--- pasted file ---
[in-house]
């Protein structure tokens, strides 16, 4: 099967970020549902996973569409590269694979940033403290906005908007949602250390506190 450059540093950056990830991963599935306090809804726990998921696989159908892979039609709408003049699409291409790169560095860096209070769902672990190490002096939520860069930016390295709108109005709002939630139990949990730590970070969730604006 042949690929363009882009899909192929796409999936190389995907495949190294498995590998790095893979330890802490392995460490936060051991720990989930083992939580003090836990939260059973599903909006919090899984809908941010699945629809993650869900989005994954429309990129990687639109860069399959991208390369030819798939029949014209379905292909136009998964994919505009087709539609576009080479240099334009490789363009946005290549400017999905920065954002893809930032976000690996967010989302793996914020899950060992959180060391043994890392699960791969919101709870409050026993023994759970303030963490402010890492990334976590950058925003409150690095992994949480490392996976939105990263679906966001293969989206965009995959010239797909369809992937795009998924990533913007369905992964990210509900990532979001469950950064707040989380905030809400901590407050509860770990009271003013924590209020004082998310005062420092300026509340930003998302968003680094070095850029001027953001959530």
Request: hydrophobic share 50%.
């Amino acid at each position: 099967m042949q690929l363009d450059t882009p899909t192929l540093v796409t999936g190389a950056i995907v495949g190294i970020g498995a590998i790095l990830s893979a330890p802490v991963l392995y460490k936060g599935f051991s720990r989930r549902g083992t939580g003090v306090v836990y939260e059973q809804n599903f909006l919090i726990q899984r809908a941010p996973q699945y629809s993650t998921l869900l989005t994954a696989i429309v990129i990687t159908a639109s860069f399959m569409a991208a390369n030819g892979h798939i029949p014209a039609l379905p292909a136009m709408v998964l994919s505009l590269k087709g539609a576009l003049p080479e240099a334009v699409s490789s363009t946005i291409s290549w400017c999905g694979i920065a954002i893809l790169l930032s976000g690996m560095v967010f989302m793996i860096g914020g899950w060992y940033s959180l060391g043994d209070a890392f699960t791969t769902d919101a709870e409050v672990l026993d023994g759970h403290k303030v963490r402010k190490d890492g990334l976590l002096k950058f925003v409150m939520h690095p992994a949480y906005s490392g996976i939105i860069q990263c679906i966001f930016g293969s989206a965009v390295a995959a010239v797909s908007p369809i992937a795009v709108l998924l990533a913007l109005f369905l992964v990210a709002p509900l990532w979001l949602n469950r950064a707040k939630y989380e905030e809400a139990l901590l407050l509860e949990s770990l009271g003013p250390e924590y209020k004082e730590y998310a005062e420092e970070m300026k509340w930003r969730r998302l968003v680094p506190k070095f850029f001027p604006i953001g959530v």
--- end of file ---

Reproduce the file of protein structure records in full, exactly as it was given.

[in-house]
């Protein structure tokens, strides 16, 4: 099967970020549902996973569409590269694979940033403290906005908007949602250390506190 450059540093950056990830991963599935306090809804726990998921696989159908892979039609709408003049699409291409790169560095860096209070769902672990190490002096939520860069930016390295709108109005709002939630139990949990730590970070969730604006 042949690929363009882009899909192929796409999936190389995907495949190294498995590998790095893979330890802490392995460490936060051991720990989930083992939580003090836990939260059973599903909006919090899984809908941010699945629809993650869900989005994954429309990129990687639109860069399959991208390369030819798939029949014209379905292909136009998964994919505009087709539609576009080479240099334009490789363009946005290549400017999905920065954002893809930032976000690996967010989302793996914020899950060992959180060391043994890392699960791969919101709870409050026993023994759970303030963490402010890492990334976590950058925003409150690095992994949480490392996976939105990263679906966001293969989206965009995959010239797909369809992937795009998924990533913007369905992964990210509900990532979001469950950064707040989380905030809400901590407050509860770990009271003013924590209020004082998310005062420092300026509340930003998302968003680094070095850029001027953001959530």
Request: hydrophobic share 50%.
């Amino acid at each position: 099967m042949q690929l363009d450059t882009p899909t192929l540093v796409t999936g190389a950056i995907v495949g190294i970020g498995a590998i790095l990830s893979a330890p802490v991963l392995y460490k936060g599935f051991s720990r989930r549902g083992t939580g003090v306090v836990y939260e059973q809804n599903f909006l919090i726990q899984r809908a941010p996973q699945y629809s993650t998921l869900l989005t994954a696989i429309v990129i990687t159908a639109s860069f399959m569409a991208a390369n030819g892979h798939i029949p014209a039609l379905p292909a136009m709408v998964l994919s505009l590269k087709g539609a576009l003049p080479e240099a334009v699409s490789s363009t946005i291409s290549w400017c999905g694979i920065a954002i893809l790169l930032s976000g690996m560095v967010f989302m793996i860096g914020g899950w060992y940033s959180l060391g043994d209070a890392f699960t791969t769902d919101a709870e409050v672990l026993d023994g759970h403290k303030v963490r402010k190490d890492g990334l976590l002096k950058f925003v409150m939520h690095p992994a949480y906005s490392g996976i939105i860069q990263c679906i966001f930016g293969s989206a965009v390295a995959a010239v797909s908007p369809i992937a795009v709108l998924l990533a913007l109005f369905l992964v990210a709002p509900l990532w979001l949602n469950r950064a707040k939630y989380e905030e809400a139990l901590l407050l509860e949990s770990l009271g003013p250390e924590y209020k004082e730590y998310a005062e420092e970070m300026k509340w930003r969730r998302l968003v680094p506190k070095f850029f001027p604006i953001g959530v």